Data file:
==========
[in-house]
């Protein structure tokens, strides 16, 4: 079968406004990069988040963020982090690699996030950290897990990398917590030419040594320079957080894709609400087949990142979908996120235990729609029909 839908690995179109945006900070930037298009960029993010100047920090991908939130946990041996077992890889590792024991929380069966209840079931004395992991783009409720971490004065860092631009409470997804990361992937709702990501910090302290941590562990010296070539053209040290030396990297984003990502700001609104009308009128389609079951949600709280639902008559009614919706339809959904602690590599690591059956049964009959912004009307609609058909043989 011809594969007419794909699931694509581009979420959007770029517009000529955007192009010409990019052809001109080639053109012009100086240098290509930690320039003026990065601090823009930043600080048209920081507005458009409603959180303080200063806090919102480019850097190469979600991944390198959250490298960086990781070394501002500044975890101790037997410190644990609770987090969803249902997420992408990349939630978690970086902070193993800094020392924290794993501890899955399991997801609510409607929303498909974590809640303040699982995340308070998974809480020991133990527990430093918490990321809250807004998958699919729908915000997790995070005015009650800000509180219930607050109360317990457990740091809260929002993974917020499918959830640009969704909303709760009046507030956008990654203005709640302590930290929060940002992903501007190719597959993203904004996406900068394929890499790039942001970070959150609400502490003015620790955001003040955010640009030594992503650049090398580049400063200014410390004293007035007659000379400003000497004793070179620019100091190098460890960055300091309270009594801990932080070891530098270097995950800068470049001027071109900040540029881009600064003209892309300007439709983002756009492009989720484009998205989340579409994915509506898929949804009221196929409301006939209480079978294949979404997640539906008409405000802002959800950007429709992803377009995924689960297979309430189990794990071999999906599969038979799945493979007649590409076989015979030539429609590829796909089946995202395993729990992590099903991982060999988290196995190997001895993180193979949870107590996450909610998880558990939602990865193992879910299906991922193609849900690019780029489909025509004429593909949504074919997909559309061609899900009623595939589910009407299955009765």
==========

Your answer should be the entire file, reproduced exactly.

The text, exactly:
[in-house]
């Protein structure tokens, strides 16, 4: 079968406004990069988040963020982090690699996030950290897990990398917590030419040594320079957080894709609400087949990142979908996120235990729609029909 839908690995179109945006900070930037298009960029993010100047920090991908939130946990041996077992890889590792024991929380069966209840079931004395992991783009409720971490004065860092631009409470997804990361992937709702990501910090302290941590562990010296070539053209040290030396990297984003990502700001609104009308009128389609079951949600709280639902008559009614919706339809959904602690590599690591059956049964009959912004009307609609058909043989 011809594969007419794909699931694509581009979420959007770029517009000529955007192009010409990019052809001109080639053109012009100086240098290509930690320039003026990065601090823009930043600080048209920081507005458009409603959180303080200063806090919102480019850097190469979600991944390198959250490298960086990781070394501002500044975890101790037997410190644990609770987090969803249902997420992408990349939630978690970086902070193993800094020392924290794993501890899955399991997801609510409607929303498909974590809640303040699982995340308070998974809480020991133990527990430093918490990321809250807004998958699919729908915000997790995070005015009650800000509180219930607050109360317990457990740091809260929002993974917020499918959830640009969704909303709760009046507030956008990654203005709640302590930290929060940002992903501007190719597959993203904004996406900068394929890499790039942001970070959150609400502490003015620790955001003040955010640009030594992503650049090398580049400063200014410390004293007035007659000379400003000497004793070179620019100091190098460890960055300091309270009594801990932080070891530098270097995950800068470049001027071109900040540029881009600064003209892309300007439709983002756009492009989720484009998205989340579409994915509506898929949804009221196929409301006939209480079978294949979404997640539906008409405000802002959800950007429709992803377009995924689960297979309430189990794990071999999906599969038979799945493979007649590409076989015979030539429609590829796909089946995202395993729990992590099903991982060999988290196995190997001895993180193979949870107590996450909610998880558990939602990865193992879910299906991922193609849900690019780029489909025509004429593909949504074919997909559309061609899900009623595939589910009407299955009765």